affiliated to the International Association of Constitutional Law
The Abu Qatada saga is proving to be a very expensive and very embarrassing headache for the British Government. Following his narrow victory in Strasbourg in January, in which he succeeded only under Article 6, many assumed that the Government would secure the necessary concessions from the Jordanian Government that would enable him to be returned. Instead, yesterday he was back on the streets of London rather than the streets of Amman, on bail, after SIAC ruled on Monday that any return to Jordan would still violate Article 6.
Abu Qatada’s victory has left the Home Secretary—who rashly stated in April that Abu Qatada would soon be on a plane back to Jordan—with egg on her face. The Government has said it will appeal SIAC’s ruling and the Prime Minister has lamented that he believed his Government had obtained the “right assurances” from the Jordanian Government.
Apart from the cost and the embarrassment, the saga is of great importance in constitutional terms because it poses one of the most significant threats to the UK’s human rights legislation, prompting calls for scrapping the Human Rights Act and re-defining our relationship with the Strasbourg Court.
Although such calls have been noisily repeated since Monday, SIAC did not decide any issue of principle, nor indeed did the case turn on assurances given by the Jordanian Government (no matter what the Government says).
The point at issue was very narrow. There was no dispute as to the legal test to be applied: it was agreed that the Commission should ask itself whether there is a real risk that evidence derived from torture would be used upon retrial of Abu Qatada in Jordan (It will be recalled that Abu Qatada was convicted in his absence of involvement in a series of explosions in 1998 and a foiled conspiracy in 2000 both against Western and Israeli targets in Jordan). There was no dispute that there would be a retrial in Jordan. There was no dispute that there was a real risk that the statements made by two individuals who had been co-defendants in the proceedings had been given under torture. The question purely and simply boiled down to whether there was a real risk that those statements would be admitted in the retrial.
Thus, one of the most important and high profile human rights cases turned entirely on one of the most arcane issues of recent years: a question of Jordanian criminal procedure on the admissibility of evidence of co-defendants in the Jordanian State Security Court.
Questions of foreign law are becoming increasingly prevalent in public law cases. Foreign law issues have in the past mainly been confined to private law disputes, where contract or tort actions are pursued in the UK courts but where foreign law applies. UK courts and tribunals are perfectly comfortable examining foreign law and there are very well established ways of doing it.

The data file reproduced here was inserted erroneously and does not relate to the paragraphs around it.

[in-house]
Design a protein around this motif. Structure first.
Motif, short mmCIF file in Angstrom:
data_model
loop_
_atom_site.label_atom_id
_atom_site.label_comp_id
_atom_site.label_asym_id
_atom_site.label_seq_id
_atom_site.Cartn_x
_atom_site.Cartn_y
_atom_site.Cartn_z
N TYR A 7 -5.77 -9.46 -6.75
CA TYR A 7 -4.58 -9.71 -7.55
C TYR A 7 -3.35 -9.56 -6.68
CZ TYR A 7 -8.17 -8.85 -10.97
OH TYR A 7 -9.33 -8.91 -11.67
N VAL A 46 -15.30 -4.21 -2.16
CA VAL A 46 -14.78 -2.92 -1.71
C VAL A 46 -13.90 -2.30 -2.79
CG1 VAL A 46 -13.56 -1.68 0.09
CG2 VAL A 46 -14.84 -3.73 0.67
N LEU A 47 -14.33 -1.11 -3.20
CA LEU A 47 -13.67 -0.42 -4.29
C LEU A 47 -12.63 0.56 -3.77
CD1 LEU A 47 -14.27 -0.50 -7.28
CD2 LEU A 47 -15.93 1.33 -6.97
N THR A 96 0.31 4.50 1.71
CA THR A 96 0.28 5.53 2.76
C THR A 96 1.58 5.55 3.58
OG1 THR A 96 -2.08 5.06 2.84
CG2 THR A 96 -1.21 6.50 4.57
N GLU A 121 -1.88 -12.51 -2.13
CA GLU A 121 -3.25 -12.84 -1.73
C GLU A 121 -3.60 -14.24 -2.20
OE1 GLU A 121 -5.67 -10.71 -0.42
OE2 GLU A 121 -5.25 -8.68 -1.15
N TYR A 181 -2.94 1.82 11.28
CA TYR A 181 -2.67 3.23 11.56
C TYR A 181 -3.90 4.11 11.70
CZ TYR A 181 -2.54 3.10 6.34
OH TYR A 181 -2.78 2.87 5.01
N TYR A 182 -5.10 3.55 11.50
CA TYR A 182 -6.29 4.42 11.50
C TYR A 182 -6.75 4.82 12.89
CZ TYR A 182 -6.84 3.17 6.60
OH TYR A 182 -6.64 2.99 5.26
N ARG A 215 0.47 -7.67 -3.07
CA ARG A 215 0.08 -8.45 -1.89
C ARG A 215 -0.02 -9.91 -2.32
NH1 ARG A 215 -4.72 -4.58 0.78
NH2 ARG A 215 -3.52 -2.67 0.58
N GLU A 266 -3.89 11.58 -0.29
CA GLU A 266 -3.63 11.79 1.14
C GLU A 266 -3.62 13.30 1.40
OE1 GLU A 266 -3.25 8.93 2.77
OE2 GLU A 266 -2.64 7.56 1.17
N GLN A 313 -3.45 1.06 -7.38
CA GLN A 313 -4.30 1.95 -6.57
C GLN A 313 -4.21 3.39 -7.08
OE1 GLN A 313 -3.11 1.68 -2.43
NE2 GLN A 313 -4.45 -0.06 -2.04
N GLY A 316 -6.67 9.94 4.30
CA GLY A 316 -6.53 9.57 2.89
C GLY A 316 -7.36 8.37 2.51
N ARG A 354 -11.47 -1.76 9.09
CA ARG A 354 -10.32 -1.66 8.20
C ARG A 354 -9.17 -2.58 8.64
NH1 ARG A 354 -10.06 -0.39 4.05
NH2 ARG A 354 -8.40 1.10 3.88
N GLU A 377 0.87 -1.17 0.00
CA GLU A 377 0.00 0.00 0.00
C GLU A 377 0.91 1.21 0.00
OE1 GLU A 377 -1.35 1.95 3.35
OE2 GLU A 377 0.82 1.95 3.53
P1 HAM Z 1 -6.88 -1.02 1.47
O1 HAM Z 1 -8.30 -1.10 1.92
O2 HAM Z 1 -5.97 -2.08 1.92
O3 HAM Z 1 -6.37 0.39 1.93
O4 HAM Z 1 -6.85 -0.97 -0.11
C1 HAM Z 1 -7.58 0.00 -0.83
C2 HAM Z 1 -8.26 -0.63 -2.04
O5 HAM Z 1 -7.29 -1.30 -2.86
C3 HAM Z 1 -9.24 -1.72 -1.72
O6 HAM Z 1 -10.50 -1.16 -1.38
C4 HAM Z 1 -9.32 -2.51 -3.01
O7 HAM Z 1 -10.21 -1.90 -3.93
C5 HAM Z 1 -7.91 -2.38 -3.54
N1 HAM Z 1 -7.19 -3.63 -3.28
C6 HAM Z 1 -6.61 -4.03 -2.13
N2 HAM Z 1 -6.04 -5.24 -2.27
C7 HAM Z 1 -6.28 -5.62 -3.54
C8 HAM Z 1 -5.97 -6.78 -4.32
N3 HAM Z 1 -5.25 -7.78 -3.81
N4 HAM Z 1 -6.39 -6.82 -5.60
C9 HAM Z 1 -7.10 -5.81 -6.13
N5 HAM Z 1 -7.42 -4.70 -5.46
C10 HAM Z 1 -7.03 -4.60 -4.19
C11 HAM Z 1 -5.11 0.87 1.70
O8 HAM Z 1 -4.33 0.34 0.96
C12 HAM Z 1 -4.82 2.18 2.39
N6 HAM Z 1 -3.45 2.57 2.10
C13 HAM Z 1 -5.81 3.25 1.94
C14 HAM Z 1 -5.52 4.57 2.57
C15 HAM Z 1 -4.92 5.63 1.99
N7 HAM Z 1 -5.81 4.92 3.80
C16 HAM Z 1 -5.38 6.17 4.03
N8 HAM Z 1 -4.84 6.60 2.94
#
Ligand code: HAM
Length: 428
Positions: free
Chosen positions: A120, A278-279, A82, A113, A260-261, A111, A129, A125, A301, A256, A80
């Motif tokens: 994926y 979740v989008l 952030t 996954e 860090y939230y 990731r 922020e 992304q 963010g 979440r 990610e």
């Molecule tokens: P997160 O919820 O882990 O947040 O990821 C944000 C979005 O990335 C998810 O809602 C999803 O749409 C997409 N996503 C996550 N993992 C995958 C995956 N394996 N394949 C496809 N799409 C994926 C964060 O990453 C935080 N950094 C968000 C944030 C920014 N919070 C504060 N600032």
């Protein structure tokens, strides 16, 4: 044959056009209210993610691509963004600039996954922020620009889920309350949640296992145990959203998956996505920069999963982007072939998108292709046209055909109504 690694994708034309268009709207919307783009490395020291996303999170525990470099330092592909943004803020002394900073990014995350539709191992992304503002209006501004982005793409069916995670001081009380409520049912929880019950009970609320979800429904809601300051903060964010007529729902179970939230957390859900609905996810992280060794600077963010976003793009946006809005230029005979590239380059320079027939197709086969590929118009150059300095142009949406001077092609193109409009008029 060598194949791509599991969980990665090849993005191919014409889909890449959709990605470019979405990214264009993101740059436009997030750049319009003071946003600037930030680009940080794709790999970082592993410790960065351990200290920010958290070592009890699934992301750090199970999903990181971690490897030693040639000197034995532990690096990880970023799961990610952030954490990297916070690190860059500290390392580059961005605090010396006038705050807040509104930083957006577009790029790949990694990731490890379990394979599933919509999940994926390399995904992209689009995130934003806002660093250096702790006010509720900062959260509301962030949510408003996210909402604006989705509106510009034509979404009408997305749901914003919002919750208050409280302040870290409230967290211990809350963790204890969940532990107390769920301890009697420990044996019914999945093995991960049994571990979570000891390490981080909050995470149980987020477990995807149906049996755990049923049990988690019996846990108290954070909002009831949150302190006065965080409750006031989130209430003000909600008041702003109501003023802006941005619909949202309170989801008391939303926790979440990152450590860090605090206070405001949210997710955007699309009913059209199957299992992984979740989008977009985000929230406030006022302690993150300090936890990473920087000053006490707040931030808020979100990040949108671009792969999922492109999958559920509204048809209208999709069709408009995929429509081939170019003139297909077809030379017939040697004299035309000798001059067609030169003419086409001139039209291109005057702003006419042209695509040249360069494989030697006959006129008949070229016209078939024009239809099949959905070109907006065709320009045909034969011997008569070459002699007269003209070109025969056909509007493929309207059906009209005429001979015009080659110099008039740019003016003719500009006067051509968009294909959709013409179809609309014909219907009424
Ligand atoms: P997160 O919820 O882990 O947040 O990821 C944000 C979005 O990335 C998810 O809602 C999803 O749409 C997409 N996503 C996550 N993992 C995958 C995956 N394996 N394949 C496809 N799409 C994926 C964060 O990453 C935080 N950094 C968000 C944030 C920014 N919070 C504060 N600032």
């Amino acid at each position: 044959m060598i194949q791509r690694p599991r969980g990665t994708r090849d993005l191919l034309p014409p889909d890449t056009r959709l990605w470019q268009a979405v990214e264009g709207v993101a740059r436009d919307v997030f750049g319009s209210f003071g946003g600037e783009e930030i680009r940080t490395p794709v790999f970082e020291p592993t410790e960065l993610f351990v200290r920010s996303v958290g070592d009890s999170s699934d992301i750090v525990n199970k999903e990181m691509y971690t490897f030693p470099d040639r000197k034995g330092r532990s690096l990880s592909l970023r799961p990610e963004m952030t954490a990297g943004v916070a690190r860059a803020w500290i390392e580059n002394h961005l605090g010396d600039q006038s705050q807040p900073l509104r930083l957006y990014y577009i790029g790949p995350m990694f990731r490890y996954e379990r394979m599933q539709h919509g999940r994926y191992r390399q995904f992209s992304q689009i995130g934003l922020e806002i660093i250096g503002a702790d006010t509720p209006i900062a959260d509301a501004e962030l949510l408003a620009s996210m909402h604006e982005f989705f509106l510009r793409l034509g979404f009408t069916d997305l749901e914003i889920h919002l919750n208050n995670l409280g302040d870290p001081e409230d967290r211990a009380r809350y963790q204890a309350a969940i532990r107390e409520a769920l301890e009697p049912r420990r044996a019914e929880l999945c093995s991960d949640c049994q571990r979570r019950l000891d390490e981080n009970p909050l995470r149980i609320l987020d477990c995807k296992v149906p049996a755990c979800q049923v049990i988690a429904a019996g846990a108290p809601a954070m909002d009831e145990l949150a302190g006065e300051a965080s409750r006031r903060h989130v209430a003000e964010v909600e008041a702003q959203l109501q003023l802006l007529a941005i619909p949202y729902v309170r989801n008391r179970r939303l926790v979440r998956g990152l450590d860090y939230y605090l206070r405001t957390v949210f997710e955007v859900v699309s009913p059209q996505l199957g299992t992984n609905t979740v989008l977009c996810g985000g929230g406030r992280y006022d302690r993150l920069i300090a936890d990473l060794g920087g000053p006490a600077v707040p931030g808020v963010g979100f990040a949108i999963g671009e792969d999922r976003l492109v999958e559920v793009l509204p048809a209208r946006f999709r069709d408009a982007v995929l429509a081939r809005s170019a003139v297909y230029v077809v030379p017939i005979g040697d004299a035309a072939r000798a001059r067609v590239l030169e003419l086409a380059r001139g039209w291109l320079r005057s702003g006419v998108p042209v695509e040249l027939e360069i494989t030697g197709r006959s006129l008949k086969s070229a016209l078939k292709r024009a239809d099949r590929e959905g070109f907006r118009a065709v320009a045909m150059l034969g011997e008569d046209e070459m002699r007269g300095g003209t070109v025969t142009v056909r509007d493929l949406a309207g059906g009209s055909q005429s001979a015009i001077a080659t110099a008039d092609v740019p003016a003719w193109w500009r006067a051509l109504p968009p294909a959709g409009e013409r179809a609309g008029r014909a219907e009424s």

SIAC considered expert evidence from two Jordanian lawyers. The UK Government relied upon a lawyer who used to practice in the State Security Court. Abu Qatada’s legal team relied upon expert evidence from the most senior serving member of the State Security Court. The court accepted the evidence of the latter.
There were two material points. On point one, SIAC held that the two former co-defendants could not give fresh evidence under oath in the State Security Court but that their previous statements to the Jordanain prosecutor could be adduced under the Article 148 of the Jordanian Code of Criminal Procedure in the retrial (“CCP”) (These are the statements which it is said were made under torture.)
On the second point, SIAC held that the prevailing approach of the State Security Court to exclusion of evidence which is claimed to be the product of torture is to require individuals to prove it. An amendment to the Constitution in 2011 prohibiting reliance on evidence obtained by torture had not altered this approach (it would, SIAC held, probably require a decision of the Court of Cassation for the approach to change). There was thus at least a real risk that the statements would be admitted because the passage of time meant the burden of proof would be “difficult to discharge” and allegations of torture had previously been rejected, despite significant evidence to the contrary.
On this basis SIAC ruled against the Home Secretary, and then released Abu Qatada on bail given the absence of any reasonable prospect of imminent removal.